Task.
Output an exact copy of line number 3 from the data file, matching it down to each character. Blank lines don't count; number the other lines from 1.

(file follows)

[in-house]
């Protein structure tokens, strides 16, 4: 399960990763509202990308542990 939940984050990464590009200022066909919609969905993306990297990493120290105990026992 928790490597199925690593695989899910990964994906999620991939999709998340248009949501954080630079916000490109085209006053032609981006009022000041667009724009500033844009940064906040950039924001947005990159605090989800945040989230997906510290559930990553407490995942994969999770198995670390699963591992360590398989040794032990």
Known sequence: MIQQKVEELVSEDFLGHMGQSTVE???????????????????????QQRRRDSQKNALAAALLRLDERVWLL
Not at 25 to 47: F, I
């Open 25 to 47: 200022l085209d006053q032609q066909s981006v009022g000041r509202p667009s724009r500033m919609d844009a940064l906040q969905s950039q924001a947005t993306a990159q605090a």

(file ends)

Known sequence: MIQQKVEELVSEDFLGHMGQSTVE???????????????????????QQRRRDSQKNALAAALLRLDERVWLL